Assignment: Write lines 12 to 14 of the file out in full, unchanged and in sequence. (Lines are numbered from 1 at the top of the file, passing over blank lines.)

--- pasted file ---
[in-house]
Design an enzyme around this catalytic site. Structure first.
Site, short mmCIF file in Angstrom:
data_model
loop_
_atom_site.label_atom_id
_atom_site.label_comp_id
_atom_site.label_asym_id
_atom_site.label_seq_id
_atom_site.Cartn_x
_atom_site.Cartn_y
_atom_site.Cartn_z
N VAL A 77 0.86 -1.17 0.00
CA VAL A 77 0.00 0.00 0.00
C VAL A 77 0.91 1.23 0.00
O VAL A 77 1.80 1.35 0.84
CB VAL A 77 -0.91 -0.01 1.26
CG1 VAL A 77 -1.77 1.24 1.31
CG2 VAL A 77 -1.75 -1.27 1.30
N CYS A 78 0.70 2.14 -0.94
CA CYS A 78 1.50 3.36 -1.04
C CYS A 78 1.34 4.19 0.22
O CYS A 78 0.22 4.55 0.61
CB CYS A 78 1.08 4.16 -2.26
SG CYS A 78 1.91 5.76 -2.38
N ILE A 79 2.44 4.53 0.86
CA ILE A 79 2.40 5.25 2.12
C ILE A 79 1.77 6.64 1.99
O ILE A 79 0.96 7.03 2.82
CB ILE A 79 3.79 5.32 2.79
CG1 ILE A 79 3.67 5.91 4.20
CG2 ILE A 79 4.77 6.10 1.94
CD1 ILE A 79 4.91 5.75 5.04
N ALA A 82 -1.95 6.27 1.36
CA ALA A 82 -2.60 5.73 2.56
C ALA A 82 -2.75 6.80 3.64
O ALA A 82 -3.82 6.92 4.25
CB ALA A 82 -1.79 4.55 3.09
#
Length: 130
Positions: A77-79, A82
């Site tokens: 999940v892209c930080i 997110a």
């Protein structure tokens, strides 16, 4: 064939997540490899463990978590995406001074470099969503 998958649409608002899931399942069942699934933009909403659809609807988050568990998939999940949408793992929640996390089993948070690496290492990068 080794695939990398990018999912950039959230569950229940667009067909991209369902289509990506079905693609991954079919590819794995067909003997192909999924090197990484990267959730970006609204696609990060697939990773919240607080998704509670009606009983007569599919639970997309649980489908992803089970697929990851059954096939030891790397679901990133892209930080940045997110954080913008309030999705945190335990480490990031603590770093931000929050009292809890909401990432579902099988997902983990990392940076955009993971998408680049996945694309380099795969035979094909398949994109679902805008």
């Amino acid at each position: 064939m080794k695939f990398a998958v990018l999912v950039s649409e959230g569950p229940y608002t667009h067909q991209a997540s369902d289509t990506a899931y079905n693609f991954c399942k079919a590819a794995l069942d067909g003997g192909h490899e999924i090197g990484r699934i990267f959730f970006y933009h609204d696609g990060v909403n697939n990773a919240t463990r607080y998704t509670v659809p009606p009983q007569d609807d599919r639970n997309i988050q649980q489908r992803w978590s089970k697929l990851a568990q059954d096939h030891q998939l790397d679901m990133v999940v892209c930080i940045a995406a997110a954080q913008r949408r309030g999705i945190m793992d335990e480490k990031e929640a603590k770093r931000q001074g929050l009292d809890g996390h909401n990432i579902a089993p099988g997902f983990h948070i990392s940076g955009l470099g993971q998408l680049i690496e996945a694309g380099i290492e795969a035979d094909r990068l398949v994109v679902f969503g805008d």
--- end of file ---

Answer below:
_atom_site.Cartn_z
N VAL A 77 0.86 -1.17 0.00
CA VAL A 77 0.00 0.00 0.00